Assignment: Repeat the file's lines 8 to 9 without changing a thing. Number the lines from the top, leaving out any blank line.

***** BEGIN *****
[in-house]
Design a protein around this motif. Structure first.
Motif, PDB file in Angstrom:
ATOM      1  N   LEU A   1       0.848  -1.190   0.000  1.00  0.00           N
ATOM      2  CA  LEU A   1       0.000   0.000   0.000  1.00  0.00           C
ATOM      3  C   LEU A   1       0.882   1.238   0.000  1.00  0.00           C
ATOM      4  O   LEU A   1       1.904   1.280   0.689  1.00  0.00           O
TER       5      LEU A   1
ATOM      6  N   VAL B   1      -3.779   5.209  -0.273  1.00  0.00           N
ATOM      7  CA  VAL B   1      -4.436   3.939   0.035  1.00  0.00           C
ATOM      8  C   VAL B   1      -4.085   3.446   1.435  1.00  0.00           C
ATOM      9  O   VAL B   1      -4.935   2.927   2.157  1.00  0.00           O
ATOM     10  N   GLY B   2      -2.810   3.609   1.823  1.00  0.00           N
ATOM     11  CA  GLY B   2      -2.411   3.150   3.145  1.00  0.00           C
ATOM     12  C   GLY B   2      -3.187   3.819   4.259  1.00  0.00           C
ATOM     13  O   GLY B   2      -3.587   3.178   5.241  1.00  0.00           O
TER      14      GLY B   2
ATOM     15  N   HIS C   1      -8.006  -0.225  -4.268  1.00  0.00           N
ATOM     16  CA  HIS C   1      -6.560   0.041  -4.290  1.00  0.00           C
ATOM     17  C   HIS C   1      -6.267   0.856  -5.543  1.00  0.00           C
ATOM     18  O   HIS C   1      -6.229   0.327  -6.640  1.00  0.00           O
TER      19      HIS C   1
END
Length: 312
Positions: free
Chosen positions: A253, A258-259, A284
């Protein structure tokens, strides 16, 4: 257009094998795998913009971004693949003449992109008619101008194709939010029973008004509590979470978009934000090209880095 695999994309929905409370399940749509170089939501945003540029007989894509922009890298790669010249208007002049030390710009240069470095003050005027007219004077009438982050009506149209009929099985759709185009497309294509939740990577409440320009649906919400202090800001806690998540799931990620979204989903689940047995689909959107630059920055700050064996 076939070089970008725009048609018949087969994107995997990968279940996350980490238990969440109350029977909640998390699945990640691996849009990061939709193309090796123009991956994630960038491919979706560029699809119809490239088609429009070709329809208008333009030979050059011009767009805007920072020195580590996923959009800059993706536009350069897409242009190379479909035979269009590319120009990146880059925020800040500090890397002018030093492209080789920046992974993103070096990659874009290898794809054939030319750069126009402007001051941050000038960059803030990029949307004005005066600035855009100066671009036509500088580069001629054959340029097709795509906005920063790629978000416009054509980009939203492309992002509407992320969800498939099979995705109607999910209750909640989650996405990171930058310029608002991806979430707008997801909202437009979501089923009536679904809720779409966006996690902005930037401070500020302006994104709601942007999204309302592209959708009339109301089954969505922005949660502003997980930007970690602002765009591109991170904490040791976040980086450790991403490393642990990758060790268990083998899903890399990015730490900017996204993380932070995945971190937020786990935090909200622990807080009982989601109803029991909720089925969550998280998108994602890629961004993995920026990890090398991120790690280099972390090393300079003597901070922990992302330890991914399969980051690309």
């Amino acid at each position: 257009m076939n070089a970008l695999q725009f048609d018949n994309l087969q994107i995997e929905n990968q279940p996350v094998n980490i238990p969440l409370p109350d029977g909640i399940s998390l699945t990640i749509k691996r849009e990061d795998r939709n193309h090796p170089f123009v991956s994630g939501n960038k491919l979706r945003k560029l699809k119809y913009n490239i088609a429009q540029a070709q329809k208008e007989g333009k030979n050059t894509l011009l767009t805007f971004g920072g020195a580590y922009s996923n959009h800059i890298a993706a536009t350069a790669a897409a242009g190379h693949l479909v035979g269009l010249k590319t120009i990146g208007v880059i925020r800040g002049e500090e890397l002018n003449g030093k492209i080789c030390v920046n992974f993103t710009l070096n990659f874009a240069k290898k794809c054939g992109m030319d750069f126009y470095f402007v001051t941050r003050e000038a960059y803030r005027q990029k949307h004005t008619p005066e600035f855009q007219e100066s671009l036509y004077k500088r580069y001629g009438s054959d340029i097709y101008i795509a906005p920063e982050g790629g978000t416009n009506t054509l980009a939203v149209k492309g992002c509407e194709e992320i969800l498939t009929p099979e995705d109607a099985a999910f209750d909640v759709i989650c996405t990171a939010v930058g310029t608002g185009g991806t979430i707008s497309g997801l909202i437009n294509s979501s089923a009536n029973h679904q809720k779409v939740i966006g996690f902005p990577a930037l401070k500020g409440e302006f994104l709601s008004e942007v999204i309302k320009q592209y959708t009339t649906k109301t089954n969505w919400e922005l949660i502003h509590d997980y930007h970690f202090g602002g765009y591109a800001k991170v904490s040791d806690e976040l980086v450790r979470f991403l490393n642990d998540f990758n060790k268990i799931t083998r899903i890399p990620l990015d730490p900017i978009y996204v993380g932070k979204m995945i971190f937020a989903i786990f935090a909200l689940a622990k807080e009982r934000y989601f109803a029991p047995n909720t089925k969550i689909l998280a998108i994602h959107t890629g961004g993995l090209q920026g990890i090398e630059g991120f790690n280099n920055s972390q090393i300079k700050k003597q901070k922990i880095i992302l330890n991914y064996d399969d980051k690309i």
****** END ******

TER       5      LEU A   1
ATOM      6  N   VAL B   1      -3.779   5.209  -0.273  1.00  0.00           N